Updated 21 March 2022
As the tax year comes to an end, read our 10 top tips for managing this important paperwork period - stress-free.
The current tax year ends on 5th April 2022 - still plenty of time to get your books in order.
The tax (or financial) year runs until 5th Aprils 2022 and is the period when new government taxation often goes ‘live’ following March budget announcements.
It’s the time to look back and take stock of your previous year’s finances, before looking ahead to the upcoming 12-month period. This is particularly important in the current climate, with Covid-19 changing how and where employees work, and the investments needed to optimise home working.
To help you with your year-end review, we’ve put together 10 top tips that will ensure you have all bases covered.
As well as being a legal necessity, accurate and timely reporting of your balance sheet is crucial to ensuring you optimise your year-end accounts. For example, make sure that you have reconciled all of your pension contributions, sales invoices, expenses and employee salaries with recorded transactions.
You should only ever pay dividends from profit earned and be sure to issues these after corporation tax has been accounted for.
You will notice a theme appearing in this list – time is literally money. This is because there are penalties for not filing any legally required information, which you will eventually have to pay.
Think about it all nice and early, decide whether you’re going to go solo or hire an expert – but don’t procrastinate and put things off.
Every industry has its own nuanced costs, benefits and tax reliefs, so employing an accountant who is familiar with, or ideally an expert in, your industry will help you make the best of your year-end review.
A higher cash balance will be viewed positively by credit agencies, so be sure to hold off paying suppliers or invoices until you absolutely have to during the year-end period. At the same time, make sure all monies owed are gathered and chased up to bolster your available cash.
You’ll want to make sure that all employee bonuses and expenses are paid prior to year end, otherwise you’ll have outstanding payments moving into the next financial year. This could then affect your profit and dividends for the following year as you’ll have to account for them then, in addition to that year’s bonuses.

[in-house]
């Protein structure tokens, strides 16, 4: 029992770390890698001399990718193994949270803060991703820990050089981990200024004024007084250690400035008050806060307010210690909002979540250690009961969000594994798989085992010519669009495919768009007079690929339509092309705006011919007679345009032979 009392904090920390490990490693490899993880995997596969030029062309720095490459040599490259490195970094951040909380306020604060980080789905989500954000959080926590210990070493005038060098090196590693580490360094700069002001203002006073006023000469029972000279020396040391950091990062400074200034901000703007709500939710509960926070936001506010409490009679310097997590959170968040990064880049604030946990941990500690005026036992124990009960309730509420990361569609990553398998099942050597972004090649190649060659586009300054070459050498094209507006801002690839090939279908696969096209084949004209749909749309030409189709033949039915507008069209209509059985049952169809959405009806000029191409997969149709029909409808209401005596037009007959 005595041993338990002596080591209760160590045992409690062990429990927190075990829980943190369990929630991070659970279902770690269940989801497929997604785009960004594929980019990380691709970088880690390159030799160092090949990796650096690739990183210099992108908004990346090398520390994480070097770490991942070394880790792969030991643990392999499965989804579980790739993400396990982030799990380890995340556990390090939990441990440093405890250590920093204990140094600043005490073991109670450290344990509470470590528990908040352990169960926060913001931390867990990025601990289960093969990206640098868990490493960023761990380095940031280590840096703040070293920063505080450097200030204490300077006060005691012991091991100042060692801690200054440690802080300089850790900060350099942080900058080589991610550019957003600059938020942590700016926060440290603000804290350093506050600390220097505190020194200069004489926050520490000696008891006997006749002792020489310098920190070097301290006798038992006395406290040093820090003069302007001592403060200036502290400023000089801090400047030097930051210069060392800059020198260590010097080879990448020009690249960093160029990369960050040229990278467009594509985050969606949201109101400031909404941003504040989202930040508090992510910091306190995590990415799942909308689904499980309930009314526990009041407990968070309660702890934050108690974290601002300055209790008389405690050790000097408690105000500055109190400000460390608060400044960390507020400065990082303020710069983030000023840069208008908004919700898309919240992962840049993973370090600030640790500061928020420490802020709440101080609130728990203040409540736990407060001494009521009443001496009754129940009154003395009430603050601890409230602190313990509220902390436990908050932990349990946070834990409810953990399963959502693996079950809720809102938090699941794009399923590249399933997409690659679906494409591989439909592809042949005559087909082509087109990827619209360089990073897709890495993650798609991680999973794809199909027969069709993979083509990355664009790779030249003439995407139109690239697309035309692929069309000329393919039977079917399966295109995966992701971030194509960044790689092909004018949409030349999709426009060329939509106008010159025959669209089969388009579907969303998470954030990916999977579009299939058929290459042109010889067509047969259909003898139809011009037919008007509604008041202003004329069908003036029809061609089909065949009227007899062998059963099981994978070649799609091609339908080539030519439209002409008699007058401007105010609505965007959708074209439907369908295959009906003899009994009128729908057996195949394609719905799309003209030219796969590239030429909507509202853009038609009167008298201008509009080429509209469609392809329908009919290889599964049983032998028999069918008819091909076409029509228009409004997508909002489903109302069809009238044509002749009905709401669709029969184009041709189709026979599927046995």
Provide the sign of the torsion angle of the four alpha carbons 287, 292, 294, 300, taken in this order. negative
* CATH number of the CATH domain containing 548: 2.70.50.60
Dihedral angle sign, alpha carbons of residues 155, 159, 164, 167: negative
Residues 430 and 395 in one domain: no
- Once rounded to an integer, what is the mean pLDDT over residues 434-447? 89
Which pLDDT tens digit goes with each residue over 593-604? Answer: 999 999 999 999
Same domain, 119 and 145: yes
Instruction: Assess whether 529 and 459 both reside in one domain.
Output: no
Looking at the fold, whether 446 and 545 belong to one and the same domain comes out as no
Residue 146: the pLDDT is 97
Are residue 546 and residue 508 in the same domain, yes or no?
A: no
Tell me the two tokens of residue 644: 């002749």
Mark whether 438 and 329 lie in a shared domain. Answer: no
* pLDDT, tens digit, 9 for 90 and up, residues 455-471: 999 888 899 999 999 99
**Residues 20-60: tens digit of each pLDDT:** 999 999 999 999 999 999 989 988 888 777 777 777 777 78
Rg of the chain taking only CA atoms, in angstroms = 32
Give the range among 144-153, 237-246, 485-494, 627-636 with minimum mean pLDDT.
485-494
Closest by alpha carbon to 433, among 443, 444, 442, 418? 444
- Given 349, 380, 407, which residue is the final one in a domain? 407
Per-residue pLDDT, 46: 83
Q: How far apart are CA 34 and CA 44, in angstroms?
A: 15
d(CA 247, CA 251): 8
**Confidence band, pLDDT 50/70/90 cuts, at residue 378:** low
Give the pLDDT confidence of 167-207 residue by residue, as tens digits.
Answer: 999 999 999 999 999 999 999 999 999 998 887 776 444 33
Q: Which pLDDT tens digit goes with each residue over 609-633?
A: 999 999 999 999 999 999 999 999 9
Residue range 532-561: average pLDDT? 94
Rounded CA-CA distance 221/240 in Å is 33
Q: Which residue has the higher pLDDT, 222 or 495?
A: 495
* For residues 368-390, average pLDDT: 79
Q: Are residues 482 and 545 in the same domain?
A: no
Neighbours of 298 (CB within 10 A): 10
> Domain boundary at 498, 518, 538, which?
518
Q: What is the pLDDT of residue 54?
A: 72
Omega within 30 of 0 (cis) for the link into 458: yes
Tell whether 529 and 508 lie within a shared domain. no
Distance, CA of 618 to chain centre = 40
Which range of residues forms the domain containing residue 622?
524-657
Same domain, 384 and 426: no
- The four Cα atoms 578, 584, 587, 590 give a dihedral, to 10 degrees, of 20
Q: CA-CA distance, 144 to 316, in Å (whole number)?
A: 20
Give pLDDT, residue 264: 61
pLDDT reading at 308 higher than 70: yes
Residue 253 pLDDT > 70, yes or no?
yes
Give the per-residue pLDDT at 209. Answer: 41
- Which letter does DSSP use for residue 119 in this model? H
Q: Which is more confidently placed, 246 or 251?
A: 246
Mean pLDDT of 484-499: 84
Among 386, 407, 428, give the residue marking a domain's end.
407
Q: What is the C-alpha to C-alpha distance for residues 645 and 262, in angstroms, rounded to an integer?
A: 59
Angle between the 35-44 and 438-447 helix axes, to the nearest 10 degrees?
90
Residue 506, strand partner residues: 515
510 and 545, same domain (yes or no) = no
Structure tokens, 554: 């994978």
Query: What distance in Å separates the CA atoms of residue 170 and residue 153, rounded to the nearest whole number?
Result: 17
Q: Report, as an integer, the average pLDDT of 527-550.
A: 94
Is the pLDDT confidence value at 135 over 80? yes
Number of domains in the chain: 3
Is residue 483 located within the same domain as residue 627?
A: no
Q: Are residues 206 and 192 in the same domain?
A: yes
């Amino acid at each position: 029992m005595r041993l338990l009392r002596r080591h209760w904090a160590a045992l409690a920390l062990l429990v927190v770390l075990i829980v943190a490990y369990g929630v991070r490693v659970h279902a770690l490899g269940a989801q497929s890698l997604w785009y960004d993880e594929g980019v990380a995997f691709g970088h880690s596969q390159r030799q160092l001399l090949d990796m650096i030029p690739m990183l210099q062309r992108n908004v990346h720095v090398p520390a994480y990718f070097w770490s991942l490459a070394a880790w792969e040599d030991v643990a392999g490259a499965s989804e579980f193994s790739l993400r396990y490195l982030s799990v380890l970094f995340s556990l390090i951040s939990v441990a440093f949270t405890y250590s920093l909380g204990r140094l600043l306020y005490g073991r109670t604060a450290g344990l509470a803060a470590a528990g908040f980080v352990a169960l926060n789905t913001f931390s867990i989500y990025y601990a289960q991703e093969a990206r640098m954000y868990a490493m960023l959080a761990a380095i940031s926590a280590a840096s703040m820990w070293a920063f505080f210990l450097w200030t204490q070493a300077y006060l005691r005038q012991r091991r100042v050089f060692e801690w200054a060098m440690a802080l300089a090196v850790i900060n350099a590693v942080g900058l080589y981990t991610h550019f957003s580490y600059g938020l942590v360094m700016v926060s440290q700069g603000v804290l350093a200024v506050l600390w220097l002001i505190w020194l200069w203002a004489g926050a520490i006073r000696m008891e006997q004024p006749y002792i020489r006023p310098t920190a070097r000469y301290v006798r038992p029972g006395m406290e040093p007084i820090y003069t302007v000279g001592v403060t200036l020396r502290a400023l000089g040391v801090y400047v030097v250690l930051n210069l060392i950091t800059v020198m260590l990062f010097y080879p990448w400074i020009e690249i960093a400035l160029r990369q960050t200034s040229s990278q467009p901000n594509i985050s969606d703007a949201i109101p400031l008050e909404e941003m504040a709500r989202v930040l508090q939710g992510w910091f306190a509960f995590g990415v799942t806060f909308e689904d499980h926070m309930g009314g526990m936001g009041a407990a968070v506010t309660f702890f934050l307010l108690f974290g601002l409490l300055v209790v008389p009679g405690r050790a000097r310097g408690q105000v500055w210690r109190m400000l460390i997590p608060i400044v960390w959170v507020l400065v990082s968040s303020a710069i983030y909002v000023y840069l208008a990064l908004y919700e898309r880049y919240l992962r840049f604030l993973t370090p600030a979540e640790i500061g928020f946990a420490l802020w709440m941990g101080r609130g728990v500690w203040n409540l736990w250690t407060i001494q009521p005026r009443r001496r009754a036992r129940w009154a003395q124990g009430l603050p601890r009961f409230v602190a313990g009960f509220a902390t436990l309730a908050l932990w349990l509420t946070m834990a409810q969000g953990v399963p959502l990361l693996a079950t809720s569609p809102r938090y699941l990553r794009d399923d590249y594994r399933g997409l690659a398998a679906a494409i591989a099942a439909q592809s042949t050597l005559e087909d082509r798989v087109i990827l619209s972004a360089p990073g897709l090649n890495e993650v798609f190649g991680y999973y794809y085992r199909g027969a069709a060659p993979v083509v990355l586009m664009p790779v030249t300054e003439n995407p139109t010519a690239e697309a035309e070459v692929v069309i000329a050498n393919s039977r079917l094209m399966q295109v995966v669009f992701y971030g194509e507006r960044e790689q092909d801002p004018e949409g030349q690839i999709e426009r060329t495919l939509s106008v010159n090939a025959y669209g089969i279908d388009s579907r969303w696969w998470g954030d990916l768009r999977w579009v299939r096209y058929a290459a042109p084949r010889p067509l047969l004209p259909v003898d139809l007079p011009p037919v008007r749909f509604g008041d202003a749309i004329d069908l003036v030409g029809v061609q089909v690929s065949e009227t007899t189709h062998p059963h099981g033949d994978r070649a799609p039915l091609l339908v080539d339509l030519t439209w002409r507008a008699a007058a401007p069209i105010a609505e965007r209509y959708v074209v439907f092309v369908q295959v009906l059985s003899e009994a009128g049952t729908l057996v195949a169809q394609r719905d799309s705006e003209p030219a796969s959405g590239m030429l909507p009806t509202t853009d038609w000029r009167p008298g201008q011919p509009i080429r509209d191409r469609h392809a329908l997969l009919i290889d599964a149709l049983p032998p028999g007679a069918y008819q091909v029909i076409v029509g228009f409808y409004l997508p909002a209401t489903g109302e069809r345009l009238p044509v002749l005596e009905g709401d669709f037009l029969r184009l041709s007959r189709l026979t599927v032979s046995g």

Organisation and timeliness are your friends in this process!
Year end is the perfect opportunity to contact your existing clients and engage with them. Give a round-up of business highlights and thank your clients for their custom. Use this as a chance to cross-sell by communicating your specialisms.
Using an eCRM will help you organise your contact database and send professional-looking emails too.
You can segment your clients, for example by interest, where the lead came from or countless demographic or geographic conditions. Automatically insert your clients’ names into email greetings and measure the subsequent click through rate (CTR) to your website.
The more personalised the message, the more your clients will feel engaged.
Otherwise, just give them a call or write a letter!
Depending on how long your business has been operational, you should have enough data to enable you to set budgets for the coming financial year.
Looking at your previous year balance sheet should allow you to plot high or low season, see how campaigns performed, comparing investment against outcomes and objectives.
For example, a chocolate maker would quickly see, when reviewing their previous year’s finances, that the summer months show higher revenue that when it gets colder.
Entertainment brands for example, might see peaks in sales at weekends when customers have more time to spend browsing. They may then choose to increase their advertising budget during these times to maximise exposure.
If you’re not using an accountant and attempting to do your year-end accounts in full by yourself, you may wish to review your software and also take the opportunity to check your data is still GDPR compliant.
There is software that can automate a large amount of what is required for year-end reporting, pulling in in-goings and outgoings, calculating tax and making the year-end process a much less angst-inducing time.
GDPR mismanagement can also cause unnecessary headaches, so this is the time to check that all data is held securely and used only for the purpose that was intended.
Tax allowances are there to be used so make sure you are aware of what is available based on your own personal circumstances. Maximise your pension contribution and consider any tax relief owned in terms of capital gains tax and ISAs.
Better still, choose a knowledgeable and helpful accountant who will help make sure you optimise your personal tax allowance and prepare correctly for the following year’s accounting.
It is essential to ensure that your year-end figures have been competed on time and are accurate and complete.
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